• What do your social accounts say about you, and do they link to your EVP? What are your ratings on employer reputation sites and job search engines?
  • Are job descriptions concise and focused on real skills, abilities and daily duties rather than qualifications? Are they easy to read on a mobile device? If you require degrees or certifications for certain jobs, are you excluding a large amount of the available talent pool?
  • How quickly do you respond to a candidate’s application, and do you have multiple touchpoints to communicate your interest? Are the next steps regarding interviews, assessments and the decision-making timeline clearly communicated?
  • As many as 90% of recruiting emails aren’t personalised at all; do you stand out by adding in personalised details about why you’re reaching out to each candidate?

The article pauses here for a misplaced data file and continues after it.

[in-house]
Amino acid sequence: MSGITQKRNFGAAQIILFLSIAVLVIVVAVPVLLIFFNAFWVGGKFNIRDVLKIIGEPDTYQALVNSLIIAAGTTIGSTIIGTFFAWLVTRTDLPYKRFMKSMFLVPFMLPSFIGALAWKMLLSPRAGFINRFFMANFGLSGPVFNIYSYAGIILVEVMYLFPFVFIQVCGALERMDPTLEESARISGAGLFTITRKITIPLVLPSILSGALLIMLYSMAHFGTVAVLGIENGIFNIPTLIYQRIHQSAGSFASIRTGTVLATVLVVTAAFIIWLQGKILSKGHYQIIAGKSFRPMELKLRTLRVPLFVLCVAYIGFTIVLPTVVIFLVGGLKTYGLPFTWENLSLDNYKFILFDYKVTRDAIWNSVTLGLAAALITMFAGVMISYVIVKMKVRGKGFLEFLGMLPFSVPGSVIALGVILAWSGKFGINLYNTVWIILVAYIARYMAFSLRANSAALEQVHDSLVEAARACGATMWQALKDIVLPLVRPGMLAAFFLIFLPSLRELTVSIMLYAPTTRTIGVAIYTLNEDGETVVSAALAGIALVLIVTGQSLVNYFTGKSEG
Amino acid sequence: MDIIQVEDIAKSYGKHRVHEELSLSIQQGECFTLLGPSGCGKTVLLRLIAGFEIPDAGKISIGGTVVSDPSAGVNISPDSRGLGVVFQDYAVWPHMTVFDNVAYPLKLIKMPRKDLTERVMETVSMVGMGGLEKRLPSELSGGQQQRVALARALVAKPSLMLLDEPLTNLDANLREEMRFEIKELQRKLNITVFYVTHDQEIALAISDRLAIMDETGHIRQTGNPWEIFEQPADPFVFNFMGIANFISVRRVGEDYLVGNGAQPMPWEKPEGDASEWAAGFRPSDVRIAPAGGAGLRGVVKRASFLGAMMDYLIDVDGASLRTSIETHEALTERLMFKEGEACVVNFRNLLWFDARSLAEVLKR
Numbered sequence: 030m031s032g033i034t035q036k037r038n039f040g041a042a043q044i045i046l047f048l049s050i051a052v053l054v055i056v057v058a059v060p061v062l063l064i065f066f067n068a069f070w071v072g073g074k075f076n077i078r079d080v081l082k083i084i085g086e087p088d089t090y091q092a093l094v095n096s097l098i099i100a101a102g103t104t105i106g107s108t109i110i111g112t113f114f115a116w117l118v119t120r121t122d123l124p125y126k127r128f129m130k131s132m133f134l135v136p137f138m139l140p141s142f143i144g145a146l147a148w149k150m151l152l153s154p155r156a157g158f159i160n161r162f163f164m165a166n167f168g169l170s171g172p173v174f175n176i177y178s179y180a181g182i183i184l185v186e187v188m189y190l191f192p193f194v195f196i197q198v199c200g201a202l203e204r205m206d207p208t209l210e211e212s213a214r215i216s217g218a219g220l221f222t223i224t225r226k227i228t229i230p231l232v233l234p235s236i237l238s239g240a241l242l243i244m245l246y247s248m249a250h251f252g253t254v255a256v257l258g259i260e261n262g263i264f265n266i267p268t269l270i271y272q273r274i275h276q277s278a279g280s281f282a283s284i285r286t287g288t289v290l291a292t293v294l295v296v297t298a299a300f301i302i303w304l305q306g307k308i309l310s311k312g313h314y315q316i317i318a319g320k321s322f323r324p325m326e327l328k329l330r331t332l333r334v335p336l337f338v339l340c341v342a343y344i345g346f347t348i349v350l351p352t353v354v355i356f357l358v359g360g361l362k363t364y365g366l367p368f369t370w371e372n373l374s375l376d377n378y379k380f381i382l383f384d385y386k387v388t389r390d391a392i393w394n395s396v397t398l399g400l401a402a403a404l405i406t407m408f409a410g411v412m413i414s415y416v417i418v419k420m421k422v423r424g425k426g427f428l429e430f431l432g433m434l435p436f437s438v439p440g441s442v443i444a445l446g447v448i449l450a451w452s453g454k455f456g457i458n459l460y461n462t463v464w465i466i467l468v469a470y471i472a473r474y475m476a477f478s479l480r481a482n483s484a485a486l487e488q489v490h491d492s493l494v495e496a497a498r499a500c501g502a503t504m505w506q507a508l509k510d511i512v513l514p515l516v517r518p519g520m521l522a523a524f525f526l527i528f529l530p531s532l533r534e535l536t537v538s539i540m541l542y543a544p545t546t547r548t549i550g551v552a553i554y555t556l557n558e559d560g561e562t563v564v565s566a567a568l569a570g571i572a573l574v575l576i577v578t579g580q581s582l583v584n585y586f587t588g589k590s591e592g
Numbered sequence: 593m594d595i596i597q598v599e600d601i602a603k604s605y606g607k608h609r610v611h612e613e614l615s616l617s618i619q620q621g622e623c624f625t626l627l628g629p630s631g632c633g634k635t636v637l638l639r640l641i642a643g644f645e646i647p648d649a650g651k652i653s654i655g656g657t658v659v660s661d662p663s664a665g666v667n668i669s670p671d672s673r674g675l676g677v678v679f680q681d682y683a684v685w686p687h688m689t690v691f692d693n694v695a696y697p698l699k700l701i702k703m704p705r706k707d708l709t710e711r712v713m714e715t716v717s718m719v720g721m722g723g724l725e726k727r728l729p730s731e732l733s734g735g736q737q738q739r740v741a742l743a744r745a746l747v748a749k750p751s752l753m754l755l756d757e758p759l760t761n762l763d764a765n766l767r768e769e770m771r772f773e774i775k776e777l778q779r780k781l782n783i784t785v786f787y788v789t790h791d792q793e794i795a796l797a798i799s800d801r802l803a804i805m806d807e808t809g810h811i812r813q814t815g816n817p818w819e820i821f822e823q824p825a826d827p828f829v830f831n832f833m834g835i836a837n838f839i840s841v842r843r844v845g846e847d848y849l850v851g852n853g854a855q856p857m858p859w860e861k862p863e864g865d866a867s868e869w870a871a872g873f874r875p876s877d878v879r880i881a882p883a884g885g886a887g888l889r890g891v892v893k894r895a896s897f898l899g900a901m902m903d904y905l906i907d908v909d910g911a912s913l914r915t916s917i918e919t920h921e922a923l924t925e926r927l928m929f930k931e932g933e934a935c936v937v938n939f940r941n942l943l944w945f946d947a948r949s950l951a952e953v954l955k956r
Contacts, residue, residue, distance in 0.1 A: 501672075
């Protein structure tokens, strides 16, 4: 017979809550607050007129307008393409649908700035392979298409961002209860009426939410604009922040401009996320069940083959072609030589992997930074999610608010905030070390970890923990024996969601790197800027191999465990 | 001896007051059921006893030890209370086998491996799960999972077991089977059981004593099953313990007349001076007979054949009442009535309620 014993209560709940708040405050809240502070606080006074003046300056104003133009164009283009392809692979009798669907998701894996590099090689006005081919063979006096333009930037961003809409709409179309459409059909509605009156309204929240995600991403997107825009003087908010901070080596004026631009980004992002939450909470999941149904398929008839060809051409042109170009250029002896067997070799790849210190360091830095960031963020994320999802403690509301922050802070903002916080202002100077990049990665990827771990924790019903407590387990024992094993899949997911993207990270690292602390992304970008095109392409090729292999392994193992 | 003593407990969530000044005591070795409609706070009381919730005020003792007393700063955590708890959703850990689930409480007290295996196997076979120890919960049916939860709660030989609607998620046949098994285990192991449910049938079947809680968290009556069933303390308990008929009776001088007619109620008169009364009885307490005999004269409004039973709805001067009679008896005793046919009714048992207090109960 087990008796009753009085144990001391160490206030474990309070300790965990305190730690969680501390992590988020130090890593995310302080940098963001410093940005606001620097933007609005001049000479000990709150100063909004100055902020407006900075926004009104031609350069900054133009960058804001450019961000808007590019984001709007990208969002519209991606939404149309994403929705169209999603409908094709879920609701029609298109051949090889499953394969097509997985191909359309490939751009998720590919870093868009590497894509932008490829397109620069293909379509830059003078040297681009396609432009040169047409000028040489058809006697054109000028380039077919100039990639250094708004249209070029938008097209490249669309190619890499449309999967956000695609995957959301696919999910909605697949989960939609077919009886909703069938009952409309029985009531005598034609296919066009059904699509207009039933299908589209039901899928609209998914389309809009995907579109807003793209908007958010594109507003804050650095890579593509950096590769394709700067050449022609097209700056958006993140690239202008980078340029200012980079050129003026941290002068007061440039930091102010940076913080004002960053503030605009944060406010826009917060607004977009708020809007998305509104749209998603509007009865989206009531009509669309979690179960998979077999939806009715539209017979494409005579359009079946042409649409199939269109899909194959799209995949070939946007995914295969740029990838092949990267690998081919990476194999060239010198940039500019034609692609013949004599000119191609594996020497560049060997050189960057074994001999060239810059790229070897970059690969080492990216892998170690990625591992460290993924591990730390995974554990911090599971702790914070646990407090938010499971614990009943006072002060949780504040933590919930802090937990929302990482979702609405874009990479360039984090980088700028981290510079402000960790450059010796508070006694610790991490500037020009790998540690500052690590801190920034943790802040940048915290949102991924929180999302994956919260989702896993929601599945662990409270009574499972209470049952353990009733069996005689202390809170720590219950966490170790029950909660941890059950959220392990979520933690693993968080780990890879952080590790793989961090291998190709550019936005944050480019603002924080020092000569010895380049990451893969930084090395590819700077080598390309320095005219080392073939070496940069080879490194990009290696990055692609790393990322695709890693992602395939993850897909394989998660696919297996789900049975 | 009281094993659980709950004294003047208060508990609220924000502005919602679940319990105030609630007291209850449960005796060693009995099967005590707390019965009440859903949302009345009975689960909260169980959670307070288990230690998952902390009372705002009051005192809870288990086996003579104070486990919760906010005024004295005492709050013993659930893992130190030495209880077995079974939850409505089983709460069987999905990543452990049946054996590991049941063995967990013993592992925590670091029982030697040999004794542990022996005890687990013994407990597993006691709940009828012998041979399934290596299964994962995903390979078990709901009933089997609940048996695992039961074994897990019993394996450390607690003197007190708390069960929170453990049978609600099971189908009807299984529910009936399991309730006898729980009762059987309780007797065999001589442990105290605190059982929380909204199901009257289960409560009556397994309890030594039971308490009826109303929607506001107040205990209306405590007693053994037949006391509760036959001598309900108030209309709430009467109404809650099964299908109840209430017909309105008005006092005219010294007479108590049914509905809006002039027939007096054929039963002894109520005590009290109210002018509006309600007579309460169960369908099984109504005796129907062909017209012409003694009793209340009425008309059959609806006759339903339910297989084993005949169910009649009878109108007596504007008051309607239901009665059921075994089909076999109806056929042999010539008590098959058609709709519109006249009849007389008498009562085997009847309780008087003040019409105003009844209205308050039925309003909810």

Adapt to the Climate

organisations should anticipate continued labor shortages and hiring difficulties for the foreseeable future. As companies navigate this challenging environment, it is important that they remember that, compared to previous generations, job candidates place as much importance, if not more, on an organisation’s mission, values and culture as on salary. By emphasising brand and reputation and delivering a positive recruitment experience to candidates, organisations can place themselves in a stronger position when competing for workers.

Stay tuned for the second installment on talent acquisition strategies, which will examine current and future talent needs, talent costs, and the recruiting process.